Optical Illusions

What do you see in the picture below?  A duck?
rabbitduck

Or do you se a rabbit?  Do you see both now, switching back and forth between rabbit ears and duck beak?

What about here?  Is this a young woman, wearing a feathered, flowing veil looking back into the distance?
old woman young woman

Or do you see an old woman looking down?  Maybe you see both now.

Optical illusions like those above are all about perception.  Our brain conflicts with what we’re seeing and what we think we see.  This conflict causes us to perceive things often incorrectly.  Like this illusion:
It looks like the red lines in the center are bending, even curved.  But we know that they are not.  The red lines are straight lines.  Our perception doesn’t always match reality.   The illusion deceives us temporarily.  Our visual ability is faster than our ability to think about what we are seeing.  (Light travels faster than our ability to process what we see.  The linked article above explains how this helps us out in everyday life and how optical illusions work.)

Sometimes we can’t see things until someone points them out to us.  You see the duck and the rabbit now, don’t you?  You see the old woman and the young lady.  Your perception and understanding of the pictures has changed, now that you’d have time to process what you see, and it’s been pointed out to you.

I think these illusions relate so well to aid in our understanding of perception and social role valorization.  (For a brief catch-up on social role valorization check out Katie’s beautiful post last year SRV (in grandpa’s words).

SRV, like illusions, work similarly.  It is about perception.  The image of people with disabilities can be seen through a distorted understanding from our own perception.  An optical illusion, if you will.  But once you see it, it’s hard not to.  The SRV lens is hard to turn off sometimes, and it becomes really easy to be critical of other staff, other programs, other people instead of turning an inward lens to personal changes.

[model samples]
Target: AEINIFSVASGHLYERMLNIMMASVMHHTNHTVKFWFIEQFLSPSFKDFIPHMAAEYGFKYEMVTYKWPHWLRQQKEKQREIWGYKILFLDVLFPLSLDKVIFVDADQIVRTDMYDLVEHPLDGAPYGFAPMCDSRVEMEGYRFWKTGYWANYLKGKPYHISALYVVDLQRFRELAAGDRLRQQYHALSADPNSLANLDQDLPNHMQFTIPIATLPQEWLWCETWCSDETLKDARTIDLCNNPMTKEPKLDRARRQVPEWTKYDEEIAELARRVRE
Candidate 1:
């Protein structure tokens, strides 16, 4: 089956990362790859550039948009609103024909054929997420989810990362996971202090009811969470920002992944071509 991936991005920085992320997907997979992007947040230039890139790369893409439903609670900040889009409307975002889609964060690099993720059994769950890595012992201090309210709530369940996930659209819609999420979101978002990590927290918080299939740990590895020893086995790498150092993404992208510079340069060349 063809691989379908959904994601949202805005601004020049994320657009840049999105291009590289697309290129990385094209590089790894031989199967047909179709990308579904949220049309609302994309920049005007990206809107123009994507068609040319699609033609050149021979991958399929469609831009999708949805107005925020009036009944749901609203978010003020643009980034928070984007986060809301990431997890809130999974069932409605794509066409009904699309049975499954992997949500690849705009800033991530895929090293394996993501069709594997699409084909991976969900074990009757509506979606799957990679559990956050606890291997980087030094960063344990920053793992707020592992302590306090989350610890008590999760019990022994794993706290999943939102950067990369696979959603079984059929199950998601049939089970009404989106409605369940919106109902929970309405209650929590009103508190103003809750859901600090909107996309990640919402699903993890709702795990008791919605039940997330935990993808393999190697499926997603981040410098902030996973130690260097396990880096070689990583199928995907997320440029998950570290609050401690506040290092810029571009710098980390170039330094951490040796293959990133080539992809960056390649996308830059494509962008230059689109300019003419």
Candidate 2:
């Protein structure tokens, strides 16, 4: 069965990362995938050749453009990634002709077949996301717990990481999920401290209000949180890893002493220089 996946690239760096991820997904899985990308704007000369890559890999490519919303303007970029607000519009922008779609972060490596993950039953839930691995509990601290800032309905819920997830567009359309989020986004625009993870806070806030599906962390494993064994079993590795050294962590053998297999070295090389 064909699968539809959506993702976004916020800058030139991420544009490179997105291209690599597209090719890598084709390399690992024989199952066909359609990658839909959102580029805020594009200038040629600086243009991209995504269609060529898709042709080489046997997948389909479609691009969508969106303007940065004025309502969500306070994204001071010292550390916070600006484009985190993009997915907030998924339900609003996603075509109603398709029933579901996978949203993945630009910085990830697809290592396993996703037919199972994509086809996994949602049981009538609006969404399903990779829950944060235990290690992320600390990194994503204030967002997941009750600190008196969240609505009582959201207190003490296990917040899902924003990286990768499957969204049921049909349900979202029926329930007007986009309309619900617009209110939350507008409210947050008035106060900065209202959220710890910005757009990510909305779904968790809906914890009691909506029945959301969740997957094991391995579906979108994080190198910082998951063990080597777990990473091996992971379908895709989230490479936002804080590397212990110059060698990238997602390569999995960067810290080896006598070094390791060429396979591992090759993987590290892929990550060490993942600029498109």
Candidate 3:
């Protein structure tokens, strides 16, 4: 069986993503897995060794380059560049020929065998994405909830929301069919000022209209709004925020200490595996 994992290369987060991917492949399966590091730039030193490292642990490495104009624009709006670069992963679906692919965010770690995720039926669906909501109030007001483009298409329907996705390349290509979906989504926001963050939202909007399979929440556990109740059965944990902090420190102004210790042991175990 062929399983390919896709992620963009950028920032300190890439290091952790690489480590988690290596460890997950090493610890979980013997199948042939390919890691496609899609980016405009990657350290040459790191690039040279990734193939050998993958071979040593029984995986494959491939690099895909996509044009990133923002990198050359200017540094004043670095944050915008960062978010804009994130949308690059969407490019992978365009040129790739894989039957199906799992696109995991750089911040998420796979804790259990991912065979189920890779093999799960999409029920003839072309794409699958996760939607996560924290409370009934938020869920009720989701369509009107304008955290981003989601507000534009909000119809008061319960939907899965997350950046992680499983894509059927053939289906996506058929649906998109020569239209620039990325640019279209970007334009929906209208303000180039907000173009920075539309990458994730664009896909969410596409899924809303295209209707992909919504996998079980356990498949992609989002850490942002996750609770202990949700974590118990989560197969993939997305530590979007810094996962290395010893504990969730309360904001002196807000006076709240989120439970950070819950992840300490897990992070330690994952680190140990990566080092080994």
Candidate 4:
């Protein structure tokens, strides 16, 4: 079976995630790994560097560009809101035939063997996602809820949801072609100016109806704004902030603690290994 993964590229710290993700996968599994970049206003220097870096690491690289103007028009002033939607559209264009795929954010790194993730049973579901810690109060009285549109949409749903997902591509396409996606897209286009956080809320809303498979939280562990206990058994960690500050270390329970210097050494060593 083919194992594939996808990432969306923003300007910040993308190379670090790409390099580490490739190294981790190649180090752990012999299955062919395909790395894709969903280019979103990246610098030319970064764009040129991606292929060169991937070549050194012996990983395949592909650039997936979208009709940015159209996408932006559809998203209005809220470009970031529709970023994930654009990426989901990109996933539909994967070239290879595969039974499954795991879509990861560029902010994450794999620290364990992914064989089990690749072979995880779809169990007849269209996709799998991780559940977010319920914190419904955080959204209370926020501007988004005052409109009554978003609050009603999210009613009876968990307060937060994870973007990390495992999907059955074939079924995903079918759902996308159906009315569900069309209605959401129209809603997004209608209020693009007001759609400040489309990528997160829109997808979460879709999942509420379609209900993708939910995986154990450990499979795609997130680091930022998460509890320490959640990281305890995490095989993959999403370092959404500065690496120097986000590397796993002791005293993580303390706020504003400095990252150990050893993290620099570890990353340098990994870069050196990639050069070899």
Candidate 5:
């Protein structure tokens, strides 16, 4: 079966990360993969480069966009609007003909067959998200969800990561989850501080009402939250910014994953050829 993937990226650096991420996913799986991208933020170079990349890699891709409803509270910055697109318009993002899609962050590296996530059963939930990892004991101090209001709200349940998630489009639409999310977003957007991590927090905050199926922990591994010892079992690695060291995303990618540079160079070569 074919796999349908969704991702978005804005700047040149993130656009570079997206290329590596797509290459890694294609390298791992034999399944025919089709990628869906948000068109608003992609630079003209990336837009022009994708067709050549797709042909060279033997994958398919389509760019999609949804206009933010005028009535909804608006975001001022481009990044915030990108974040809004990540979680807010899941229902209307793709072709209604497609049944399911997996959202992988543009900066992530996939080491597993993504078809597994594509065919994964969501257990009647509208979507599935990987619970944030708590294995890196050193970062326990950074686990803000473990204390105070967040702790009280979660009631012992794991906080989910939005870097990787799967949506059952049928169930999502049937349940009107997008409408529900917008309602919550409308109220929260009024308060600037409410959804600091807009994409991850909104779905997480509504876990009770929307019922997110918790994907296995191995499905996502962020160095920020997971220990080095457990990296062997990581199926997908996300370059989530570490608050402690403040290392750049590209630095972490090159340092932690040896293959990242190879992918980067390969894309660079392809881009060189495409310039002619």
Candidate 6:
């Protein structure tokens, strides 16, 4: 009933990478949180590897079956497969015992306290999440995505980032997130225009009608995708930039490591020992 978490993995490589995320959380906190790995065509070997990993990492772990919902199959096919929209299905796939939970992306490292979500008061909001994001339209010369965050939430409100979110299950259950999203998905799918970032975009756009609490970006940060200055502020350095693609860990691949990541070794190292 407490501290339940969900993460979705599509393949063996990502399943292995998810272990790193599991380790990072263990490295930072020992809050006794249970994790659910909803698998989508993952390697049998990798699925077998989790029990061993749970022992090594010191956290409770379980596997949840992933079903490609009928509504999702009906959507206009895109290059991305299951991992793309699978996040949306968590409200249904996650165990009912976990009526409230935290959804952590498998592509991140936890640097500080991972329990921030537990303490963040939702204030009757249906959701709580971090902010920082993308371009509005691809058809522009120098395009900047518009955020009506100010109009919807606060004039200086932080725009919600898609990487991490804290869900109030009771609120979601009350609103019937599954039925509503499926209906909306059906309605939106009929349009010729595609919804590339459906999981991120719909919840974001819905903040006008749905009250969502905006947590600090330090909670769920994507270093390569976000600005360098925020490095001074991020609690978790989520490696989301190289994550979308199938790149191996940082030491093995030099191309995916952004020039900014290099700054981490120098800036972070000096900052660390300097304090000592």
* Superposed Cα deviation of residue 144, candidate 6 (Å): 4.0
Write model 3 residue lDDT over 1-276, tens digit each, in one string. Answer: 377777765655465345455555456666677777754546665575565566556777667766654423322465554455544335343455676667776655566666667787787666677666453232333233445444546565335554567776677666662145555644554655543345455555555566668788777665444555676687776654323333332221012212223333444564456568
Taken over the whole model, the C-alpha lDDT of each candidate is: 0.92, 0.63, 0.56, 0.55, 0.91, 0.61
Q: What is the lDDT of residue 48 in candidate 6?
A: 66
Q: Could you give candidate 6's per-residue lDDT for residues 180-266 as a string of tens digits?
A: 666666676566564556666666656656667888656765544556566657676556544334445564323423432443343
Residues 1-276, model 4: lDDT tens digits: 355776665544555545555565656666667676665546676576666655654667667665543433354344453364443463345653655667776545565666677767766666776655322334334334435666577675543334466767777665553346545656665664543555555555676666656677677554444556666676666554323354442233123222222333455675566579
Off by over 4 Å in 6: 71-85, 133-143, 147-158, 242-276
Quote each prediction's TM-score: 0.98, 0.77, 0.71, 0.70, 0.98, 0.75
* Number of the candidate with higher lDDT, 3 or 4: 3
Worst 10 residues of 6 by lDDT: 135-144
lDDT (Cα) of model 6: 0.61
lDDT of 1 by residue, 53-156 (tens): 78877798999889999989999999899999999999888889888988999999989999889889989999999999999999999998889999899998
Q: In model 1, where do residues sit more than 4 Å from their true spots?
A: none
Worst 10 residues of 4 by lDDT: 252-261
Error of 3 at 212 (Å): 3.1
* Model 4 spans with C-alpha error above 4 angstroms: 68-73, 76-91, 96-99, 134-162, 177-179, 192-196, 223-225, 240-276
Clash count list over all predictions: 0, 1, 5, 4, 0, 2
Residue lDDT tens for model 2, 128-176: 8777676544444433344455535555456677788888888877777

I never noticed that I was asking adults in Starfire U to do childish things, and didn’t perceive what I was doing that to be bad, until Janet Klees called out the activities of the “Sunshine Club” in Louisville.  If you read the link from July 2010, you’ll see that we were confronted with a deep challenge in seeing what we were told, and beginning to perceive things differently.  (Not just seeing the rabbit, but also seeing the duck.)   Janet Klees had pointed out things we’d never noticed before, things we’d never thought of, and things we still couldn’t quite yet see.  Much of this SRV learning in Louisville was stuff we didn’t really want to hear.  SRV can be hard, heavy, and it can be easy to turn your nose up at the thought of it, and some of it’s principles.

In hindsight, and the passage of time, and in deep thinking and learning, of course parking lot Olympics with fake laurel crowns was not taking people’s lives seriously, was incredibly devaluing.

Three years later, I can’t not see a lot of what once was invisible to me.  I notice much differently, and undersand how those strong perceptions are harmful to people living a good life.  (I should note that no one is perfect at seeing these devalued images, roles, associations.  Sometimes, we’ll plan something, do something, say something, align with someone or something that will make us scratch our heads later, slap our foreheads, and sigh.  We’re not perfect.  But if you read this reflection you’ll see this isn’t a path to perfection, there are no secret codes to live by, just a stronger understanding that there are some good and meaningful ways we can spend our time with people that builds image positively, social capital, networks, and things that do not, like going out to lunch with 15 people at a Max & Erma’s, and sitting in a private, separate room, or Santa Claus like Tim so bravely wrote about and references often.

So if we know our vision travels faster than our brains ability to process it, what does this mean for the image of people with disabilities, knowing that already, people perceive incorrectly?

It means we have to bend over backwards to make sure the best foot is put forward, as much as possible.  Let’s be clear– this isn’t about pretending disability doesn’t exist.  This is however, about not letting disability be the main topic of conversation.  If you been reading this, following us on Twitter, liking our Facebook statuses, you’ll know that we think about this quite a bit– as in all the time.